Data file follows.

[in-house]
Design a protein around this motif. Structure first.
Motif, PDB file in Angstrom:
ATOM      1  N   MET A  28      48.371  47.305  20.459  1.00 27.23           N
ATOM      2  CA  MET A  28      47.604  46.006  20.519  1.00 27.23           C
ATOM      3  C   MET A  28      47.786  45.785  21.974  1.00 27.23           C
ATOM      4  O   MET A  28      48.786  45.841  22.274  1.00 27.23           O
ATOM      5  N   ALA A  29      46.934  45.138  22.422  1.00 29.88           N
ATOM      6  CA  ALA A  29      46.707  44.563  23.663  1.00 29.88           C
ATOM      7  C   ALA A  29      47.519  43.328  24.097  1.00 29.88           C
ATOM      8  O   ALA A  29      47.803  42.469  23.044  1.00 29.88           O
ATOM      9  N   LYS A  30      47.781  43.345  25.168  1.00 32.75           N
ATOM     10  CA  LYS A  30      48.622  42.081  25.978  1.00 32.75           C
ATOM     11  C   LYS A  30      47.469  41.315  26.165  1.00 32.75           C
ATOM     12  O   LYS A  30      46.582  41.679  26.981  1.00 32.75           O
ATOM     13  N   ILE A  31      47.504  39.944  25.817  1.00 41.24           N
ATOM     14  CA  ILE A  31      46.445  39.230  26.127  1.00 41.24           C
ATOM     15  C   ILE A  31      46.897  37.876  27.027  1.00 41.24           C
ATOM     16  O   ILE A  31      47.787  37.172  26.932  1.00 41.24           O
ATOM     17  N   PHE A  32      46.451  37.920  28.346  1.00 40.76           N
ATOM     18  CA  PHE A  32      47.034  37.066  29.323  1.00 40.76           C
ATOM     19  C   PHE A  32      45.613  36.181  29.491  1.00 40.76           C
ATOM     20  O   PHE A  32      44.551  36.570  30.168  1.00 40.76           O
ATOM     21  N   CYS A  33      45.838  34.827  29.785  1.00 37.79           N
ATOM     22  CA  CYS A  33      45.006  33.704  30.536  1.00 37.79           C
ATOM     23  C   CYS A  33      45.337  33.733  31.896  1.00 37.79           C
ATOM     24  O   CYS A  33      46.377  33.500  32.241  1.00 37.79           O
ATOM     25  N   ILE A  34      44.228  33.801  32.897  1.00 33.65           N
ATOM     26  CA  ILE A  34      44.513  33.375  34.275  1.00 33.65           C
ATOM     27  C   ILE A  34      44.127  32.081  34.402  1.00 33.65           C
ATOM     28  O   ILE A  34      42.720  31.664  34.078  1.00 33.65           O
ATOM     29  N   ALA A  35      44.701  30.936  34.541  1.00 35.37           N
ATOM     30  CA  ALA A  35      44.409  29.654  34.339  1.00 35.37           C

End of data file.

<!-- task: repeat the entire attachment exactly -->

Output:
[in-house]
Design a protein around this motif. Structure first.
Motif, PDB file in Angstrom:
ATOM      1  N   MET A  28      48.371  47.305  20.459  1.00 27.23           N
ATOM      2  CA  MET A  28      47.604  46.006  20.519  1.00 27.23           C
ATOM      3  C   MET A  28      47.786  45.785  21.974  1.00 27.23           C
ATOM      4  O   MET A  28      48.786  45.841  22.274  1.00 27.23           O
ATOM      5  N   ALA A  29      46.934  45.138  22.422  1.00 29.88           N
ATOM      6  CA  ALA A  29      46.707  44.563  23.663  1.00 29.88           C
ATOM      7  C   ALA A  29      47.519  43.328  24.097  1.00 29.88           C
ATOM      8  O   ALA A  29      47.803  42.469  23.044  1.00 29.88           O
ATOM      9  N   LYS A  30      47.781  43.345  25.168  1.00 32.75           N
ATOM     10  CA  LYS A  30      48.622  42.081  25.978  1.00 32.75           C
ATOM     11  C   LYS A  30      47.469  41.315  26.165  1.00 32.75           C
ATOM     12  O   LYS A  30      46.582  41.679  26.981  1.00 32.75           O
ATOM     13  N   ILE A  31      47.504  39.944  25.817  1.00 41.24           N
ATOM     14  CA  ILE A  31      46.445  39.230  26.127  1.00 41.24           C
ATOM     15  C   ILE A  31      46.897  37.876  27.027  1.00 41.24           C
ATOM     16  O   ILE A  31      47.787  37.172  26.932  1.00 41.24           O
ATOM     17  N   PHE A  32      46.451  37.920  28.346  1.00 40.76           N
ATOM     18  CA  PHE A  32      47.034  37.066  29.323  1.00 40.76           C
ATOM     19  C   PHE A  32      45.613  36.181  29.491  1.00 40.76           C
ATOM     20  O   PHE A  32      44.551  36.570  30.168  1.00 40.76           O
ATOM     21  N   CYS A  33      45.838  34.827  29.785  1.00 37.79           N
ATOM     22  CA  CYS A  33      45.006  33.704  30.536  1.00 37.79           C
ATOM     23  C   CYS A  33      45.337  33.733  31.896  1.00 37.79           C
ATOM     24  O   CYS A  33      46.377  33.500  32.241  1.00 37.79           O
ATOM     25  N   ILE A  34      44.228  33.801  32.897  1.00 33.65           N
ATOM     26  CA  ILE A  34      44.513  33.375  34.275  1.00 33.65           C
ATOM     27  C   ILE A  34      44.127  32.081  34.402  1.00 33.65           C
ATOM     28  O   ILE A  34      42.720  31.664  34.078  1.00 33.65           O
ATOM     29  N   ALA A  35      44.701  30.936  34.541  1.00 35.37           N
ATOM     30  CA  ALA A  35      44.409  29.654  34.339  1.00 35.37           C